Results for Washington DC

interviews

The Dismemberment Plan

Like its peers Death Cab for Cutie & The Shins the Washinton D.C. band The Dismemberment Plan was on its way to major success in the early part of the new millenium, and then in 2003, decided to pack it in. Bassist Eric Axelson, guitarist Jason Caddell, drummer Joe Easley and singer Travis Morrison went in different directions (Easly at N.A.S.A.!), but more than a decade later the D-Plan is back with Uncanny Valley. They talked with Greg about their multiple musical influences, including punk rock, hip-hop & D.C.'s Go-Go scene. Lead singer Travis Morrison says that ultimately the band is still figuring it out, much like Ferris Bueller did.

Go to episode 427
genre dissections

Riot Grrrl

Let's get ready to riot! This week, Jim and Greg celebrate the 25th anniversary of the underground feminist punk movement, Riot Grrrl. It all began in the early '90s in Washington, D.C. and the Pacific Northwest when women united in outrage by speaking out on issues like domestic abuse, reproductive rights, sexual harassment and rape. They conveyed their messages through loud, confrontational punk music, a genre that was notoriously male-dominated.

Jim and Greg revisit an interview from 2011 with Sara Marcus, author of Girls to the Front: The True Story of the Riot Grrrl Revolution. Sara shares the history of the movement as well as her quintessential Riot Grrrl recordings:

  • Bikini Kill, The C.D. Version of the First Two Records
  • Bikini Kill, New Radio 7"
  • Bratmobile, Pottymouth
  • Heavens to Betsy, These Monsters Are Real 7"
  • Huggy Bear, Taking the Rough with the Smooch

Though the initial Riot Grrrl movement came and went quickly, it produced a legion of musicians who continue to produce powerful music. To cap off the show, Greg and Jim play songs by two bands rooted in the Riot Grrrl movement. Greg chooses I Wanna Be Your Joey Ramone by Sleater-Kinney. Sleater-Kinney was founded by Corin Tucker, of the Riot Grrrl band Heavens to Betsy and Carrie Brownstein of the queercore band Excuse 17. Jim goes with Hot Topic by Le Tigre, Kathleen Hanna's second band after Bikini Kill.

Go to episode 547
reviews
The Hope Six Demolition ProjectThe Hope Six Demolition Project available on iTunes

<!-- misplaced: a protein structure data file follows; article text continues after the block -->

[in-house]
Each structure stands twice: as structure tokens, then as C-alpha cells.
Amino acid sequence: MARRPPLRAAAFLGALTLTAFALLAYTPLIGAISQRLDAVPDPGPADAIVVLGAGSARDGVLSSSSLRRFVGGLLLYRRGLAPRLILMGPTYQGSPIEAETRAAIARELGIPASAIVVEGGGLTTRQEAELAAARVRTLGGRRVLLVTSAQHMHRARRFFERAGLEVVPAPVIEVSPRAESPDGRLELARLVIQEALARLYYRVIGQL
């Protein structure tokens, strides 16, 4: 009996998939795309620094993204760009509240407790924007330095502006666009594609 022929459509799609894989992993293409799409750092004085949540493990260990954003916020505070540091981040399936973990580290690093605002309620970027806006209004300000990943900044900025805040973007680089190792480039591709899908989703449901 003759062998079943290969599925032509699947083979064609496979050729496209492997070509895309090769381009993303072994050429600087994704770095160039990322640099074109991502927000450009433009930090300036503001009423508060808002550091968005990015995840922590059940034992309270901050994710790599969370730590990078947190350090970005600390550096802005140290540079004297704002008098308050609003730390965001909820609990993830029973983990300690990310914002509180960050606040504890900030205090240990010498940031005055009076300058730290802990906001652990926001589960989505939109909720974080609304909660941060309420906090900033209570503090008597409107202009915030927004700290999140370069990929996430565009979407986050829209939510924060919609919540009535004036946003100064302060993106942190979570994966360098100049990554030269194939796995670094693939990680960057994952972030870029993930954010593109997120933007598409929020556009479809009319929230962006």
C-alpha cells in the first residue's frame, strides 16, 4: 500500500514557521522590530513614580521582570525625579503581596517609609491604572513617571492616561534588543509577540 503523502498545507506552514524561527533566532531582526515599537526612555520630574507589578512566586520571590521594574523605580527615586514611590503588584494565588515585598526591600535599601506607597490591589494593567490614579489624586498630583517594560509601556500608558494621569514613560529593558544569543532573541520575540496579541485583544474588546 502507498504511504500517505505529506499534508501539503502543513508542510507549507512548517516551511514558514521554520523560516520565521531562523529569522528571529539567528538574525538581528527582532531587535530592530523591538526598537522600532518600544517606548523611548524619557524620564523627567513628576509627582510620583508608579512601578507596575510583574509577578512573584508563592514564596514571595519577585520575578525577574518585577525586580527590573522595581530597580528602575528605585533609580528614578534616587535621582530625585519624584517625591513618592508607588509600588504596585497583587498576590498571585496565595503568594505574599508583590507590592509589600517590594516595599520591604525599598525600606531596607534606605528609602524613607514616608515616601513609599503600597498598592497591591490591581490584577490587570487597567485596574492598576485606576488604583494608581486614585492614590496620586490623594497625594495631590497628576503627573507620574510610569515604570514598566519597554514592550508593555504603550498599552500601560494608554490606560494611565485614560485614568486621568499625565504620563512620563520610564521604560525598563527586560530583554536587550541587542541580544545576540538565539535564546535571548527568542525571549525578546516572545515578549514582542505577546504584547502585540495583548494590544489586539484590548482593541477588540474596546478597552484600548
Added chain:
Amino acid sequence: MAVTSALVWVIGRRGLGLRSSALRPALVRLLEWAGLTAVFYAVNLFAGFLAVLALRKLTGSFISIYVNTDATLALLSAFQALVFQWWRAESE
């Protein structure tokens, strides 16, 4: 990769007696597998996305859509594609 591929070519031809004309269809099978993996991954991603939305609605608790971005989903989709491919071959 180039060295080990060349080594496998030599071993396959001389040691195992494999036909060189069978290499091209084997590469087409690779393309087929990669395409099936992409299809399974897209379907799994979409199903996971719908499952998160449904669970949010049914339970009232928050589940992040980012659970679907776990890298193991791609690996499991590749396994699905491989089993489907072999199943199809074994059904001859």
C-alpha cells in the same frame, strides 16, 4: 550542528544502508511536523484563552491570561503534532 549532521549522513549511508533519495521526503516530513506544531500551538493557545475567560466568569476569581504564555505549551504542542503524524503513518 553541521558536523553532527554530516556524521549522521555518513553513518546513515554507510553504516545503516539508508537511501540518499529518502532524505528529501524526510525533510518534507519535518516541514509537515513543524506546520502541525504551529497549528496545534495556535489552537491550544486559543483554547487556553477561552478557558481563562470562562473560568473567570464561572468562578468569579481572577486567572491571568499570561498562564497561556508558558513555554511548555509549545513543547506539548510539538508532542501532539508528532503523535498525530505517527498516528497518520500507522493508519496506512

PJ Harvey The Hope Six Demolition Project

English singer-songwriter PJ Harvey's newest album, The Hope Six Demolition Project, drops April 15. This is her ninth album, and Jim and Greg have been following her from the beginning. The self-taught musician came into the spotlight in 1991 and debuted her album Dry in 1992 to critical acclaim. On this new album, Harvey pulls inspiration from her travels to Kosovo, Afghanistan and Washington D.C., where she observed local politics and infused her thoughts on them into her songwriting. Greg notes that her writing style has changed in the past few albums. It was during her eighth album, Let England Shake that she transformed into a storyteller, and that approach comes through on The Hope Six Demolition Project as well. She's an outsider looking in, but her reporting is still personal. Greg appreciates the emotional core of the record as well as the uplifting melodies that color her bleak accounts. The Hope Six Demolition Project is a Buy It for Greg. Jim agrees, taking note that the theatricality of her third album To Bring You My Love returns in this album. Harvey also introduces an anthemic quality— her passion and anger are audible, and Jim loves it, making The Hope Six Demolition Project an enthusiastic double Buy It.

JimGreg
Go to episode 541
Nothing Feels NaturalNothing Feels Natural available on iTunes

Priests Nothing Feels Natural

Washington, DC quartet Priests prove that punk is alive and well in the Nation's Capital. The band has been on a healthy clip since 2011 releasing music and touring but Nothing Feels Natural is the band's debut full-length album release. Greg says it is an ambitious“critique of nothing less than America”full of sarcastic views on politics and capitalism. Those heavy ideas are bouyed by a“fantastic rhytm section”that keeps Greg "spinning around an imaginary dance floor". Jim hears a strong post-punk influence hailing to the early 1980s but thinks this is an album that can“only be made by someone of the current generation”tackling technology and feelings of isolation. It is an enthusiastic doube Buy It!